Thursday, December 8, 2022

Fungal Revival!

Until recently, our dry, warm fall had not inspired many fungi to fruit.  But I haven't given up hope yet.   After all, I didn't find the beautiful array of Crimped Gill Fungus (Plicaturopsis crispa) pictured here until late last winter, while snow still lay deep on the ground in early March.  This was such a beautiful frieze of fungal finery, I carried this fallen limb home with me and placed it on the ground next to a tree stump in my yard, hoping it would shed its spores close to my back door.

Until now, I had not seen any sign of Crimped Gills emerging in my yard this fall.  But then we had two days of rain, so I went out to check on my limb.  Ta da!  One tiny cluster has sprouted!  Not the fantastic fungal array I found 9 months ago, but maybe this is just the start.  This is a fungus that hangs around all winter, after all, so perhaps this is just the start of its abundance.

The Crimped Gill Fungus is such a pretty, frilly little thing, the color of caramel edged with marshmallow.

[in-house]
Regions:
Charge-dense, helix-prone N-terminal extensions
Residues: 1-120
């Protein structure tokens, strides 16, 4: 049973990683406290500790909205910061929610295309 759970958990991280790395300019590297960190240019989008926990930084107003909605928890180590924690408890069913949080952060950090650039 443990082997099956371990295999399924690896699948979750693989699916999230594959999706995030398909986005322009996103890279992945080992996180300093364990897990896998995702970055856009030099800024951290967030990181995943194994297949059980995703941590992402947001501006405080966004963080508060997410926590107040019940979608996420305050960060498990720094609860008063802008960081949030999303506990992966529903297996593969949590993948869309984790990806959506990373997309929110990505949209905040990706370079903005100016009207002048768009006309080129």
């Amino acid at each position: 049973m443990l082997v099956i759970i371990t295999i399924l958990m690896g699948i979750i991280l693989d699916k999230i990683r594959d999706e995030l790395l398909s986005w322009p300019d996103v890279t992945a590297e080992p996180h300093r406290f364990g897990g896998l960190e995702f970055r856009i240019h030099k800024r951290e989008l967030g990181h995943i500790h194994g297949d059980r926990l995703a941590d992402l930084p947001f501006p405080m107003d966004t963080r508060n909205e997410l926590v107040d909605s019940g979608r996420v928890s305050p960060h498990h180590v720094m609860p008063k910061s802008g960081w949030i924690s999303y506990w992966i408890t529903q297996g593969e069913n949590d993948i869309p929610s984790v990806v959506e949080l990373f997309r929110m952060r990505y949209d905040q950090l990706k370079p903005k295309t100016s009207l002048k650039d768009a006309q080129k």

But the most distinctive trait of the Crimped Gill Fungus is the underside, with the fertile surface displaying masses of radiating wrinkles.  Despite the common name, these wrinkles are not true gills, but they do serve the same purpose of producing spores.

I'm hoping this wee cluster will produce enough spores to populate my back yard with more of these pretty little fungi for years to come.  This species is widespread in Europe as well as North America and doesn't seem to be all that fussy about the species of dead wood it feeds on.  Happily, it does not harm living wood.  Hmmm.  Maybe I need to go find some more rotting limbs to spread around my yard.

1 comment:

Woody Meristem said...

Down here in northcentral Pennsylvania crimped gill fungus is everywhere, it sometimes seem as if at least a quarter of all fallen branches have some fruiting bodies. Good luck with your project.